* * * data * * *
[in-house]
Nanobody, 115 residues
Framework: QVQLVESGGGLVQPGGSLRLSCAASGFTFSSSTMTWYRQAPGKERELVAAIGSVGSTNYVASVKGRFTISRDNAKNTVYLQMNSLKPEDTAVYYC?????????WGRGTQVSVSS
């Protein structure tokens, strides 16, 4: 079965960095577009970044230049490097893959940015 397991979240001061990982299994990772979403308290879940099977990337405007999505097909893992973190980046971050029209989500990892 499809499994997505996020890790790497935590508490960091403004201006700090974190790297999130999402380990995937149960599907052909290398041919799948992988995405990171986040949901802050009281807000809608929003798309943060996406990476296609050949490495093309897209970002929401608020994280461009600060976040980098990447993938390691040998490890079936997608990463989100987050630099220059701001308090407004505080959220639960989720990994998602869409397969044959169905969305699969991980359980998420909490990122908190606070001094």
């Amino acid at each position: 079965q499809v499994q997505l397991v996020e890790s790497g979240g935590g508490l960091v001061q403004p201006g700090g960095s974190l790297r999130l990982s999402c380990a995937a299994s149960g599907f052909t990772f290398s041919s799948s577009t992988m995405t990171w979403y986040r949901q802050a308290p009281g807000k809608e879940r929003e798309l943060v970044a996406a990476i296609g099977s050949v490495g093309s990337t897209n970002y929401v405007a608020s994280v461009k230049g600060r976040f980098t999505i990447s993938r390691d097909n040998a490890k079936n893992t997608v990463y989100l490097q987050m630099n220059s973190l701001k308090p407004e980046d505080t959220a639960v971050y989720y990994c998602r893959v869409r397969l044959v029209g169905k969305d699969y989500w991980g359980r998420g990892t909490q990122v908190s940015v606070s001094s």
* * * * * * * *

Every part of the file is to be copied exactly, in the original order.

[in-house]
Nanobody, 115 residues
Framework: QVQLVESGGGLVQPGGSLRLSCAASGFTFSSSTMTWYRQAPGKERELVAAIGSVGSTNYVASVKGRFTISRDNAKNTVYLQMNSLKPEDTAVYYC?????????WGRGTQVSVSS
């Protein structure tokens, strides 16, 4: 079965960095577009970044230049490097893959940015 397991979240001061990982299994990772979403308290879940099977990337405007999505097909893992973190980046971050029209989500990892 499809499994997505996020890790790497935590508490960091403004201006700090974190790297999130999402380990995937149960599907052909290398041919799948992988995405990171986040949901802050009281807000809608929003798309943060996406990476296609050949490495093309897209970002929401608020994280461009600060976040980098990447993938390691040998490890079936997608990463989100987050630099220059701001308090407004505080959220639960989720990994998602869409397969044959169905969305699969991980359980998420909490990122908190606070001094």
């Amino acid at each position: 079965q499809v499994q997505l397991v996020e890790s790497g979240g935590g508490l960091v001061q403004p201006g700090g960095s974190l790297r999130l990982s999402c380990a995937a299994s149960g599907f052909t990772f290398s041919s799948s577009t992988m995405t990171w979403y986040r949901q802050a308290p009281g807000k809608e879940r929003e798309l943060v970044a996406a990476i296609g099977s050949v490495g093309s990337t897209n970002y929401v405007a608020s994280v461009k230049g600060r976040f980098t999505i990447s993938r390691d097909n040998a490890k079936n893992t997608v990463y989100l490097q987050m630099n220059s973190l701001k308090p407004e980046d505080t959220a639960v971050y989720y990994c998602r893959v869409r397969l044959v029209g169905k969305d699969y989500w991980g359980r998420g990892t909490q990122v908190s940015v606070s001094s």